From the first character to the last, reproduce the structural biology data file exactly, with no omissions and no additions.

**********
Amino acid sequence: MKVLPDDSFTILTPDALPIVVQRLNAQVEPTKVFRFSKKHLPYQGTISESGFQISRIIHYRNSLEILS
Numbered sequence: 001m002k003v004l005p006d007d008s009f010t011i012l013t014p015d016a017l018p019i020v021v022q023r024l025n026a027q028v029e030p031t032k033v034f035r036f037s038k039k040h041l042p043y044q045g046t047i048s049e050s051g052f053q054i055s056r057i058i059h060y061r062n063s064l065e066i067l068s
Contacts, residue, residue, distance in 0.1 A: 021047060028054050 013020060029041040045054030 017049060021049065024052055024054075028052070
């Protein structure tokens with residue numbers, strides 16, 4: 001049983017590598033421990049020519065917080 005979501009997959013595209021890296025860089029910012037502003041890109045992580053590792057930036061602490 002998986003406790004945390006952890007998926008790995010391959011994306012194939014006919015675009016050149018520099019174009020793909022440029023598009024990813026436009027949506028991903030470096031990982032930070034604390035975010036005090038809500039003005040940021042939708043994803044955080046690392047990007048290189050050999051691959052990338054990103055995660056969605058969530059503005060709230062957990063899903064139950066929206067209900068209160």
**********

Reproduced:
Amino acid sequence: MKVLPDDSFTILTPDALPIVVQRLNAQVEPTKVFRFSKKHLPYQGTISESGFQISRIIHYRNSLEILS
Numbered sequence: 001m002k003v004l005p006d007d008s009f010t011i012l013t014p015d016a017l018p019i020v021v022q023r024l025n026a027q028v029e030p031t032k033v034f035r036f037s038k039k040h041l042p043y044q045g046t047i048s049e050s051g052f053q054i055s056r057i058i059h060y061r062n063s064l065e066i067l068s
Contacts, residue, residue, distance in 0.1 A: 021047060028054050 013020060029041040045054030 017049060021049065024052055024054075028052070
């Protein structure tokens with residue numbers, strides 16, 4: 001049983017590598033421990049020519065917080 005979501009997959013595209021890296025860089029910012037502003041890109045992580053590792057930036061602490 002998986003406790004945390006952890007998926008790995010391959011994306012194939014006919015675009016050149018520099019174009020793909022440029023598009024990813026436009027949506028991903030470096031990982032930070034604390035975010036005090038809500039003005040940021042939708043994803044955080046690392047990007048290189050050999051691959052990338054990103055995660056969605058969530059503005060709230062957990063899903064139950066929206067209900068209160």